Monday, February 7th, 2022

Concerning Strangeness

The word conspiracy theory is much bandied about today. Now this meditation is not about analyzing the history, meaning, or fitness of the word. But behind the word rests a real phenomenon to consider, and the phenomenon is this: people believe that other people believe strange things. And we should say that by strange we mean the word in its commonest sense: unusual, with a connotation of uncomfortableness.

We may begin by saying that strangeness implies order. We know a thing is strange because it is a departure from a pattern we expect. Already that is important. This implication works against anyone who claims that there are no real patterns of order in the world—or at least no patterns when it comes to human action and identity. But if that were true, human beings could never be strange or do strange things. Yet we all know that they do; that we do.

There is a danger lurking, however, an epistemological one. If a given situation appears strange, we may be disinclined to believe what we see or are told. Sometimes, this is good: it is charitable to give the benefit of the doubt to our neighbor—not to be quick to believe he is in the wrong or is guilty. It can even be laudable to make excuses for the shortcomings of others. Moreover, it is intellectually humble to suspend judgement, as when we admit that we need more information before the mind can settle upon something.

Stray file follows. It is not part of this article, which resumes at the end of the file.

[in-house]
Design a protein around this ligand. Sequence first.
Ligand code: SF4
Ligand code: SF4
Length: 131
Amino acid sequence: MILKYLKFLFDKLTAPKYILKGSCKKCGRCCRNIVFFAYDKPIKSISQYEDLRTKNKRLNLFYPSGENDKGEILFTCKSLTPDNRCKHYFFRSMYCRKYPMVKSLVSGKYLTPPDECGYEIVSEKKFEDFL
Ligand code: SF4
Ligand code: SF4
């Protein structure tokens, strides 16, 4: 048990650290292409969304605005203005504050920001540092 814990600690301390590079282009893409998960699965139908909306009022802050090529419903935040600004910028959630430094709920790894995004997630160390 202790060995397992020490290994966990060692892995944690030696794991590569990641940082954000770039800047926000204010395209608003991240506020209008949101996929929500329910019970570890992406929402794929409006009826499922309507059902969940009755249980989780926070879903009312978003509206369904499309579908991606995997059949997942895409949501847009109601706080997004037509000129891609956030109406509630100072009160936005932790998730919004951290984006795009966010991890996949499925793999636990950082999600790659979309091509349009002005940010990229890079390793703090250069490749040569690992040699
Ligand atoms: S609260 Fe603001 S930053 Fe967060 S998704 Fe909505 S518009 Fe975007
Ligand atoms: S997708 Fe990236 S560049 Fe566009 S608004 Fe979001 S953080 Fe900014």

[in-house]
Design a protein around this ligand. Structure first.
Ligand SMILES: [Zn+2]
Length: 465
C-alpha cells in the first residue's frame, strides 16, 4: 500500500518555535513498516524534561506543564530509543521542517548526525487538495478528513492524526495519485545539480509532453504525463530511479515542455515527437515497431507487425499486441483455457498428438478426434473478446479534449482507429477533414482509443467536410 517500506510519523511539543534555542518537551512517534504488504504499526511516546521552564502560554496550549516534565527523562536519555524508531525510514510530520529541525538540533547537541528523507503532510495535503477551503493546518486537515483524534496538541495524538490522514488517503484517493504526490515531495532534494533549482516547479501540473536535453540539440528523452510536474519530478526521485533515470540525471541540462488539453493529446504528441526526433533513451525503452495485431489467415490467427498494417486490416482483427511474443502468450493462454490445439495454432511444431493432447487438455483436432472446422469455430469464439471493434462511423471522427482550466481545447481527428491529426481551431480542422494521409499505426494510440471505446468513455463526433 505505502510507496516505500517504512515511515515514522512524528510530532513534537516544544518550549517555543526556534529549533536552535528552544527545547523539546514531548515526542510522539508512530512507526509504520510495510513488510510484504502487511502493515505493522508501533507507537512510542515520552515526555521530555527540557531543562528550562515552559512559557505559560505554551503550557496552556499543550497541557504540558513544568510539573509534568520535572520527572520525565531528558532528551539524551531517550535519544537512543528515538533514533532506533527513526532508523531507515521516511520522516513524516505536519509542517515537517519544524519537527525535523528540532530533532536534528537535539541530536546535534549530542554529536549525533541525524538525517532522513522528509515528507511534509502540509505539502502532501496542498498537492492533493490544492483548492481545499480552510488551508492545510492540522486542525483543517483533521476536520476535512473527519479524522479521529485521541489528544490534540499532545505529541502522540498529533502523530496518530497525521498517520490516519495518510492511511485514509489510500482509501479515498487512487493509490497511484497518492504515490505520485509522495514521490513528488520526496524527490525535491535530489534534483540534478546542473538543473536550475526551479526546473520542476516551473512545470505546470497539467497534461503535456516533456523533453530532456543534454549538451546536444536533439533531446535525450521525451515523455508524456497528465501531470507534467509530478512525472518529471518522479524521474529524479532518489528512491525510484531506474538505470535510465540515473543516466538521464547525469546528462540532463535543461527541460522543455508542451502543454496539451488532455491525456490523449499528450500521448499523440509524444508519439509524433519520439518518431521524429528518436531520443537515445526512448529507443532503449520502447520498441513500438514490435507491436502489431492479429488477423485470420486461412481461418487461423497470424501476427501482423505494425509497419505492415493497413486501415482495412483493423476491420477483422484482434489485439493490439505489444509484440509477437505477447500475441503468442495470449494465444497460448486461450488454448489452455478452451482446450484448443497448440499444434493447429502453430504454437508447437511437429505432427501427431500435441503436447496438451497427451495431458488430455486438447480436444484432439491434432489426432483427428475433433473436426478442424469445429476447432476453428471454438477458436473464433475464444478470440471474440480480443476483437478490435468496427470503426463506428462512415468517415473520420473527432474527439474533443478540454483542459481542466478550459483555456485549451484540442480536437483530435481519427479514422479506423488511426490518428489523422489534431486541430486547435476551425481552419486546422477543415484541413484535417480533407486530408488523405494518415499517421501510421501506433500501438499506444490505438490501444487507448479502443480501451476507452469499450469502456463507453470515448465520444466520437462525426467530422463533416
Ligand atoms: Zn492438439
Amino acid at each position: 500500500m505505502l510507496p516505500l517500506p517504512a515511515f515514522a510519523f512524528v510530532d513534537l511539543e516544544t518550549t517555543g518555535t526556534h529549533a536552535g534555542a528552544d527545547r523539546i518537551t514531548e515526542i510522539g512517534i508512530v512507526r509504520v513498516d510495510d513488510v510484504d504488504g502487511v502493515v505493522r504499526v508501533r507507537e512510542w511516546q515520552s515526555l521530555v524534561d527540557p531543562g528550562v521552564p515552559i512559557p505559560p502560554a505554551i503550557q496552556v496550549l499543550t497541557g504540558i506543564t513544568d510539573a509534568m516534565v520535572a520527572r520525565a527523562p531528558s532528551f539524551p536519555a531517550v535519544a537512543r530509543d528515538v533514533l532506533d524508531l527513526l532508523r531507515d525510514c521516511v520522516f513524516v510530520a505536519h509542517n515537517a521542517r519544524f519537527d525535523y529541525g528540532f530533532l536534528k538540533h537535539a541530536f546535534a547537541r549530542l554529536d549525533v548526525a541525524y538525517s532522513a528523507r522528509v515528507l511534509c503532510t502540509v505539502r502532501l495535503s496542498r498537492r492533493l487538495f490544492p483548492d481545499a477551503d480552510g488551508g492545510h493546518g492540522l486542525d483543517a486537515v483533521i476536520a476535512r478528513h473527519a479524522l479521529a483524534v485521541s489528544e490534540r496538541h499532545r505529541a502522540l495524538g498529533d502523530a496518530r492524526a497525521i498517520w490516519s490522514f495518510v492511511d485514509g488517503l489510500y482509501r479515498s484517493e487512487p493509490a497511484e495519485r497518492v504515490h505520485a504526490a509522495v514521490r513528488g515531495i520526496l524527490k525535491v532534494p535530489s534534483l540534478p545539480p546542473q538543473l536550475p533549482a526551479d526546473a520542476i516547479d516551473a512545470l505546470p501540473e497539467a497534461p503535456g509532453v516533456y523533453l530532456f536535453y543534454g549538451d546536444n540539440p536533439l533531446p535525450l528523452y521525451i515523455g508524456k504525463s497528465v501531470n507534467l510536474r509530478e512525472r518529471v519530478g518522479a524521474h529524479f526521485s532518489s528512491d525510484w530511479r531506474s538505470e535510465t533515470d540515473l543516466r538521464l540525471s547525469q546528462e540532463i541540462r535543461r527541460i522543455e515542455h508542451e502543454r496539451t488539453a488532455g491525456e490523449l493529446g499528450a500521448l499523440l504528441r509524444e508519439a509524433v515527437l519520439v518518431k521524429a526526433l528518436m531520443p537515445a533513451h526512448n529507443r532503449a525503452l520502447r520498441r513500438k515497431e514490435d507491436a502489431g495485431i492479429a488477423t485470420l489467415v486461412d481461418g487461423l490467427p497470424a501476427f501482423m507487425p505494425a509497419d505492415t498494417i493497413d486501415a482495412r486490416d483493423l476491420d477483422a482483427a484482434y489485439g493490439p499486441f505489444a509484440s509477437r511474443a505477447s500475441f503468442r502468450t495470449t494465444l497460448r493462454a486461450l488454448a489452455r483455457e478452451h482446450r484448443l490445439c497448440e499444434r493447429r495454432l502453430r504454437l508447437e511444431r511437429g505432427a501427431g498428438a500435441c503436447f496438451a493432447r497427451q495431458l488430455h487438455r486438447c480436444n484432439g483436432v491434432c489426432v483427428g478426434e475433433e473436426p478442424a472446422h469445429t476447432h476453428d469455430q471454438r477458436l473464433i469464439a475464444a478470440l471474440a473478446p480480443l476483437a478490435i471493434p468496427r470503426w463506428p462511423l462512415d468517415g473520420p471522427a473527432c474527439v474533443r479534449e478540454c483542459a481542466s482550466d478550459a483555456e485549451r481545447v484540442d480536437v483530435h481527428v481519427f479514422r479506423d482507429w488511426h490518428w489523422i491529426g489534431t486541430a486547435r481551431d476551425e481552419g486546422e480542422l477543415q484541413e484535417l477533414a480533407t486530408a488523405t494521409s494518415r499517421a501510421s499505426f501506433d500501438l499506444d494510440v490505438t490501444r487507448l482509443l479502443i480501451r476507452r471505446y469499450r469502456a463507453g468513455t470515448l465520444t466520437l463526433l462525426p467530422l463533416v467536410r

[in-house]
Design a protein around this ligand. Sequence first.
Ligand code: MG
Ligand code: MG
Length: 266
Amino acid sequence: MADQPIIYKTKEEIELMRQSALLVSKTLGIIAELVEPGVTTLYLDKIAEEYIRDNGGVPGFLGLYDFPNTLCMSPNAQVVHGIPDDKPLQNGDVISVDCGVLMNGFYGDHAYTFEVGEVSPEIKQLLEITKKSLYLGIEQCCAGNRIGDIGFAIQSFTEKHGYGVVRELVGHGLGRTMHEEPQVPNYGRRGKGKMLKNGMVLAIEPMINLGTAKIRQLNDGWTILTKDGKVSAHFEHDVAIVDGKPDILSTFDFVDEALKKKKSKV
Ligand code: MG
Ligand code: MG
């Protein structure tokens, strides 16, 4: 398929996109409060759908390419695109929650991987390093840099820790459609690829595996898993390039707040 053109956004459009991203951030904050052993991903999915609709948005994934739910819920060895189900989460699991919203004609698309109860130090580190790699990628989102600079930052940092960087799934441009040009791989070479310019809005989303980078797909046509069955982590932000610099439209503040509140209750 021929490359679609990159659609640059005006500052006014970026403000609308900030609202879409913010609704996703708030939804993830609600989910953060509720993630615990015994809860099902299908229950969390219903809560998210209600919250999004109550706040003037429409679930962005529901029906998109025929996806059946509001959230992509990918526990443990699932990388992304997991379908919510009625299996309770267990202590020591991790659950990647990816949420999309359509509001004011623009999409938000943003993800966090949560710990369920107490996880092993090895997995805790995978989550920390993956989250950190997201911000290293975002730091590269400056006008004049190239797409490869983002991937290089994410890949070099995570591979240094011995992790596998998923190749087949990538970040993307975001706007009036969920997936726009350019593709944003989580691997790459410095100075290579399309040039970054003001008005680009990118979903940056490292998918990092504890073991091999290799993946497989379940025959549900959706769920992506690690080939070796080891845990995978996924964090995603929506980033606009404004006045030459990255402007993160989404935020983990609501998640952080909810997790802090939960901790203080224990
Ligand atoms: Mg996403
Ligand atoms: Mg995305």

Yet again, the danger arises when we are committed to disbelieve simply because of a thing’s strangeness. This tendency is a kind of reverse credulity. The credulous person believes too quickly, decides uncritically, is easily deceived. But the person who withholds assent on the sole criterion of strangeness is little better off.

The fact of the matter is, un-graced human action is strange. When man departs from the natural and divine law, his actions deviate into the painful, absurd, ugly, and destructive. This is because human choice and action flourish only when they proceed along lines of order and reason; and it is fair to say that by “lines of order and reason” we mean virtue. Furthermore, the Catholic knows what sort of person he is without the divine assistance. Without grace, any sort of deviation is possible; without grace, any sort of harm can be inflicted, and no species of self-serving is off the table.

Those who have been the victims of history’s tragedies have had to learn this the hard way. Evil is strange because it is a departure from what is good. Human beings do harbor deviant and disturbing motivations, do execute harmful plans—and, if unopposed, achieve their wicked ends.          


{Art Credit: Goya, A Way of Flying (c 1815); The Met.}

Lightning Meditations